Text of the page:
An advantage of having separate systems, one for managing residential and commercial sewage, and a second for stormwater runoff, is that by directing only sewage to treatment plants, millions of gallons of stormwater, which is comparatively clean, is not processed — a significant cost-saving move. Having parallel systems is also supposed to also prevent stormwater from overfilling sanitary sewer lines that could then discharge raw sewage. During large rain events, however, both WSSC’s and  D.C.’s systems sometimes overflow and discharge untreated sewage onto customers’ properties or into local waterways, in violation of the Clean Water Act (1972). 

Among the many stormwater management challenges that College Park faces, three are of primary concern: reducing the sheer amount of water and managing flow speed, controlling water pollution and upgrading the city’s infrastructure.

As climate change leads to more frequent and severe storms, some natural characteristics of our area further amplify the impact of these weather events. Soil in our region typically contains a lot of clay, which impedes drainage; the effects of poor drainage are generally more severe in neighborhoods located within the Anacostia River’s flood plain. Explosive development, much of which incorporates impermeable surfaces — roofs, roads and parking lots — further exacerbates the problem, as impermeable surfaces limit absorption. When soil isn’t sufficiently absorptive, excess water pools in flatter areas, and it travels downhill faster and potentially farther in hilly ones. 

  As runoff moves through an area, it picks up oil, gasoline and antifreeze, road salt, pesticides, fertilizers and herbicides, and contaminants from animal waste. It also carries sand and dirt from construction sites, plastic bottles and bags, and other debris, all of which can clog culverts and storm drains. And even with measures introduced by WSSC in 2007 to regulate the food industry’s disposal of grease and fats, sewers may be clogged with discarded food and food  byproducts. Individuals add to the problem when they flush products like baby and hand wipes.

  The city is also struggling with the limitations of its aging stormwater infrastructure — the system of culverts and pipes that is 70 or 80 years old at this point. Pipes expand and contract with temperature changes, they are vibrated by nearby traffic, and they are ground down by the constant flow of grit and debris. They can be accidently broken by construction crews and compromised by tree roots. Sometimes they simply collapse into themselves — all pipes eventually wear out. Stormwater can easily infiltrate cracked sanitary sewer pipes, and excess stormwater in a sewer pipe can lead to sewer backups. You likely have heard about the sewer backups plaguing homes and businesses in the city — perhaps you’ve been unfortunate enough to experience one.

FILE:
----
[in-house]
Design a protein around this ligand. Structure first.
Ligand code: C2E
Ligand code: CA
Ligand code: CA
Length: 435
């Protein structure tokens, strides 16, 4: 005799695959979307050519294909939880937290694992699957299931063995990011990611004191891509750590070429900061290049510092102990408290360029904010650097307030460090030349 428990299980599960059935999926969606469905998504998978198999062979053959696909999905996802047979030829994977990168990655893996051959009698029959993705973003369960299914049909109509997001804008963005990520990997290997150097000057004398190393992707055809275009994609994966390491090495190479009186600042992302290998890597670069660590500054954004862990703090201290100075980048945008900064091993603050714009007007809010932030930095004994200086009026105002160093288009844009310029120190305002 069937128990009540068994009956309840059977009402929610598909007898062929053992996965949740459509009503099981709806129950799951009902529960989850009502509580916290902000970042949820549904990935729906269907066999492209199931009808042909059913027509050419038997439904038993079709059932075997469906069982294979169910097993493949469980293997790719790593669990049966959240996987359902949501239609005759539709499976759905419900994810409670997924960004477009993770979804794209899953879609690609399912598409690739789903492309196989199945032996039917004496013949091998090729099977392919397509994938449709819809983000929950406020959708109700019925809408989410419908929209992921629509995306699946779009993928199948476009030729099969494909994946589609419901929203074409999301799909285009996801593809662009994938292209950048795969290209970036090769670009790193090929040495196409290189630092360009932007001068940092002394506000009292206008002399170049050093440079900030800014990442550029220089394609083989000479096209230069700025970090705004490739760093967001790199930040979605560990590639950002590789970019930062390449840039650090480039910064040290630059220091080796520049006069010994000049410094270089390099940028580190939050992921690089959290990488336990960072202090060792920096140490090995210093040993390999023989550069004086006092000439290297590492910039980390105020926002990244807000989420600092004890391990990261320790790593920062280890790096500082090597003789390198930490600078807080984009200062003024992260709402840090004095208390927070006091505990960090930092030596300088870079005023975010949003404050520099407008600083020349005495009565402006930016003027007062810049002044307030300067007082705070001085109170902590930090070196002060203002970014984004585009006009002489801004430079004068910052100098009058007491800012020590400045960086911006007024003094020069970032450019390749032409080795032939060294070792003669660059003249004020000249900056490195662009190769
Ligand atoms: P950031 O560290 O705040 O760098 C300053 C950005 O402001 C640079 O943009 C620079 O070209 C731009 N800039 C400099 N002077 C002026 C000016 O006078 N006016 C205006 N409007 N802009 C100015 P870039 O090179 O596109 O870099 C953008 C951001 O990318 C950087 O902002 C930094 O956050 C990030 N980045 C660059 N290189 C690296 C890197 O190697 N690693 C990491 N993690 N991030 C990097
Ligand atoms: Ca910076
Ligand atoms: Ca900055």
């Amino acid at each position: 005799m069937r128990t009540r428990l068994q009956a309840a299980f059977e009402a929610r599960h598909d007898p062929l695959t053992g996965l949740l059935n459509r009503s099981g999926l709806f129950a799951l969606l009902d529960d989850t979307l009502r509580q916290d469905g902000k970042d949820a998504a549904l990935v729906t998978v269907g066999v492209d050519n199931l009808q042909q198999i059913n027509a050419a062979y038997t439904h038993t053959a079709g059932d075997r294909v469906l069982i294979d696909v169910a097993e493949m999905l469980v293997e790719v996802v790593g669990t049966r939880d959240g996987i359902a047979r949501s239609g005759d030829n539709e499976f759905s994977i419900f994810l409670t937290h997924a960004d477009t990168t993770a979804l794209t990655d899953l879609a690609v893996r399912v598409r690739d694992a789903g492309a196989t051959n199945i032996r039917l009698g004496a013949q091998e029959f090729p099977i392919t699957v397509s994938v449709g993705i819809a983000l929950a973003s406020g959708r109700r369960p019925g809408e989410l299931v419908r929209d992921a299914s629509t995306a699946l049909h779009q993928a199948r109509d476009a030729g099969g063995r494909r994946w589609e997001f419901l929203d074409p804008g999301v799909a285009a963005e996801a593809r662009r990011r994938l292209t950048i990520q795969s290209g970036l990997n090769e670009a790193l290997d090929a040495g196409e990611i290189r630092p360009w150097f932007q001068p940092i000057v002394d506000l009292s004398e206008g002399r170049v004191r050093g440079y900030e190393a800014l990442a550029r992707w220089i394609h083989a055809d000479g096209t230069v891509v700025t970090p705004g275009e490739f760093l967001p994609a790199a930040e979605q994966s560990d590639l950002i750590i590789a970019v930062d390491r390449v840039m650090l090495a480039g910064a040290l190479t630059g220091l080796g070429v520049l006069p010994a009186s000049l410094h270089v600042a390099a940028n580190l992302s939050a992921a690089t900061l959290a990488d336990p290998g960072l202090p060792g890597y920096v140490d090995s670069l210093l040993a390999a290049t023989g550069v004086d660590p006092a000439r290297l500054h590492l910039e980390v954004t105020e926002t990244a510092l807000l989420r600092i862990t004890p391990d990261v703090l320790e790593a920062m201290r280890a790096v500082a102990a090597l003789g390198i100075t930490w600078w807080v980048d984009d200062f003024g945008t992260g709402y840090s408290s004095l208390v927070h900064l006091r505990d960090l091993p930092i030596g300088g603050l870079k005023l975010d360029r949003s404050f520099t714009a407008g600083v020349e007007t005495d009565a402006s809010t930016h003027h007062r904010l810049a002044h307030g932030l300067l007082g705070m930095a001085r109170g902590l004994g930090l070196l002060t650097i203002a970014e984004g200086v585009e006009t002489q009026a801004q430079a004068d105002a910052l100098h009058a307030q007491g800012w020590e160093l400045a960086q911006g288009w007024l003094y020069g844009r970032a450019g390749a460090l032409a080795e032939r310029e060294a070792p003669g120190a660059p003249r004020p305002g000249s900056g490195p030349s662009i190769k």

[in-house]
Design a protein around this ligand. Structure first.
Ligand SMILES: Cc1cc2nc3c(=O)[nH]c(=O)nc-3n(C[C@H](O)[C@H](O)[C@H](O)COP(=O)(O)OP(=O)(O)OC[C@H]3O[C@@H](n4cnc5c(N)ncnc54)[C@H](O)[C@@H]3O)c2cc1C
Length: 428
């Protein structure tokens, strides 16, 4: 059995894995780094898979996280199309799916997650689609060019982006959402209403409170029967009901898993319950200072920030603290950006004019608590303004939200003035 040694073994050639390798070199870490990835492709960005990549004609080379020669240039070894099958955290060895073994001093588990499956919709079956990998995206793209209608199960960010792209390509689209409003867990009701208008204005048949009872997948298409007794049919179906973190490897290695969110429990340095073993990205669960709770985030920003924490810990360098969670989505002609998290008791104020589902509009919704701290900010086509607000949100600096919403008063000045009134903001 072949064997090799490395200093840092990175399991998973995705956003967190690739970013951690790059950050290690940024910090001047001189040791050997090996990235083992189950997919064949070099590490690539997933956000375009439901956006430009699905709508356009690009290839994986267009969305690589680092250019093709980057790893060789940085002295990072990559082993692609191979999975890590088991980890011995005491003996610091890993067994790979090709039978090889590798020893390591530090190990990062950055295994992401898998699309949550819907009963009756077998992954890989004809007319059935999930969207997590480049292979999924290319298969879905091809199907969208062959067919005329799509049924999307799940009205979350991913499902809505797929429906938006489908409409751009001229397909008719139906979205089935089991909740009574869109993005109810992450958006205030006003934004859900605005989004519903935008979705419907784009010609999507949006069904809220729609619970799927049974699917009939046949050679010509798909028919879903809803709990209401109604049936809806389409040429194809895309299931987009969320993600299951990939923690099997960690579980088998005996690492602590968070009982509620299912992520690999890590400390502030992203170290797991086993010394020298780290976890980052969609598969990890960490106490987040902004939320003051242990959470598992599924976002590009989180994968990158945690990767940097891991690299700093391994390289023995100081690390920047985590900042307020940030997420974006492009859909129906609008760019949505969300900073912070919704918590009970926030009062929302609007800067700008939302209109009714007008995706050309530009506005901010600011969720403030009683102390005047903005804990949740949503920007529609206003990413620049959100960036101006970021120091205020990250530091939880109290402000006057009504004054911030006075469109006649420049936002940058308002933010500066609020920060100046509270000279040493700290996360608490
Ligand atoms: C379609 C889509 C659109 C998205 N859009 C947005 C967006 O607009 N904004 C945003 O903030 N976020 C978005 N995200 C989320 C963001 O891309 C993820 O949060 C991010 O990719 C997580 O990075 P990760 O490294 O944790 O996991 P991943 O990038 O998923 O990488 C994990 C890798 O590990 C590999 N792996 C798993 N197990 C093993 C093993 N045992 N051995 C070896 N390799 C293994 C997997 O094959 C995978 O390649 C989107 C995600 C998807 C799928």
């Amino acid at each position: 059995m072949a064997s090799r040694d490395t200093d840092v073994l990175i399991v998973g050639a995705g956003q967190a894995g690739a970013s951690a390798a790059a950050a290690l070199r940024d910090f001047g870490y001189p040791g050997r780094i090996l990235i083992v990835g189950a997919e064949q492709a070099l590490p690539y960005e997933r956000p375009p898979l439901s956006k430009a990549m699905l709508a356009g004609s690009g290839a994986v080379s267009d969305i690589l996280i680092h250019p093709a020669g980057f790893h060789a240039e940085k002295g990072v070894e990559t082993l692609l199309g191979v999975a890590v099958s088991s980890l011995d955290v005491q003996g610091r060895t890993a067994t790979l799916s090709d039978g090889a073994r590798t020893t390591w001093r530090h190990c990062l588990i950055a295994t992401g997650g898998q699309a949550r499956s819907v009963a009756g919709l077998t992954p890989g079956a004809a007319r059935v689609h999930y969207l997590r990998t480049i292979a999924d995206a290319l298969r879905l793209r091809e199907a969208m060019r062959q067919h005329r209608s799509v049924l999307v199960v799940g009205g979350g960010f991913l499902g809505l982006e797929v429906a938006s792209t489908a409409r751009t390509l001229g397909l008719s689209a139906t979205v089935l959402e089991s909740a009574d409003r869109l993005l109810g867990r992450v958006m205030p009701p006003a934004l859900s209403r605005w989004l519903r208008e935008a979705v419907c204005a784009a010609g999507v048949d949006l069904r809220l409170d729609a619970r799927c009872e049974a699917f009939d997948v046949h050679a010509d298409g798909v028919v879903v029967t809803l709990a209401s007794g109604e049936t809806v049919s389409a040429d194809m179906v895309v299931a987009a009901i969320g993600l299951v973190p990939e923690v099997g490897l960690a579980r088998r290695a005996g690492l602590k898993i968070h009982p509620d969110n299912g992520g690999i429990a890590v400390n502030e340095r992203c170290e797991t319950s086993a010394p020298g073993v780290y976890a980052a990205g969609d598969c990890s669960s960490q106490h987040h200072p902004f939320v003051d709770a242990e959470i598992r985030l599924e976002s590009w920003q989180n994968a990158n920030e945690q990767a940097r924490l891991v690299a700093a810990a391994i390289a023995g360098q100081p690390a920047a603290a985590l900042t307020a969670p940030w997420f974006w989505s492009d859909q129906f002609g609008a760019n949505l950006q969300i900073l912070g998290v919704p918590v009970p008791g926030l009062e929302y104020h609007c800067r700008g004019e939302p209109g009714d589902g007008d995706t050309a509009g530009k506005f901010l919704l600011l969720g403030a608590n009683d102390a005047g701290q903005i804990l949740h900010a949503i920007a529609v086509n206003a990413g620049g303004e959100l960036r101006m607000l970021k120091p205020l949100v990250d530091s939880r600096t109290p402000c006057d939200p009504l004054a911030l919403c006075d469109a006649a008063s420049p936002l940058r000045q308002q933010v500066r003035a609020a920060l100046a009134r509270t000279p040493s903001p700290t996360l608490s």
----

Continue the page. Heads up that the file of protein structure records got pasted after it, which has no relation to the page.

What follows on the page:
College Park is responsible for reducing the city’s contributions to pollution — an example of this would be covering piles of salt used to treat icy roads. Cities and towns frequently have education programs to encourage citizens to pick up after their dogs, put used cooking oil in containers and discard them in the trash, and recycle household waste, including some hazardous materials such as pesticides and car batteries. And municipalities are responsible for enforcing new building codes, some of which regulate materials and methods; all construction sites in Prince George’s County (and in many other jurisdictions), for example, are now required to use protective fabric skirts to retain soil when it rains. 

Prince George’s County also operates a program through which residents may earn rebates by installing rain barrels, cisterns and rain gardens; by planting trees and replacing old pavement with more permeable surfacing; and by installing a green roof to reduce runoff.

Some mitigation actions can be fairly straightforward. Biddulph noted that in her Cherry Hill neighborhood, the stormwater inlets were only about three inches high, and were easily clogged with sticks and leaves. Simply making the opening larger made a big difference.”

The water problem in Calvert Hills is a lot more complex, though, in part due to the presence of Gilford Run, a stream that starts in Guilford Woods, about a mile northwest of the university’s campus. City Councilmember Stuart Adams (District 3), who is a flood plain engineer, strongly opposed developing Guilford Woods; his primary concern was that the tree canopy, which plays a crucial role in reducing runoff, should be preserved. Guilford Run flows in an open channel parallel to Guilford Drive, then crosses east under Route 1 through a series of pipes and culverts; it then flows for several blocks under the sidewalk along Calvert Drive and under the Metro and CSX tracks, finally emerging into an open channel leading to the Northeast Branch. Calvert Hills also receives water flowing in irrigation ditches along Rhode Island Avenue and the trolley trail. 

The county’s Calvert Hills Drainage Improvement Project is a significant engineering initiative that will upgrade road culverts and open channels, and add new storm pipes and a massive underground vault to contain stormwater. “The vault is basically an empty concrete box [that is] 100 long, 100 feet wide and ten feet tall installed under a playing field to hold excess stormwater,” said David Dorsch, a Calvert Hills resident with more than 30 years of commercial construction experience. “I believe it’s a good solution. The problem is that it was supposed to be completed in April 2021 and it hasn’t even started yet.”

Plans for these projects are posted on the city’s website,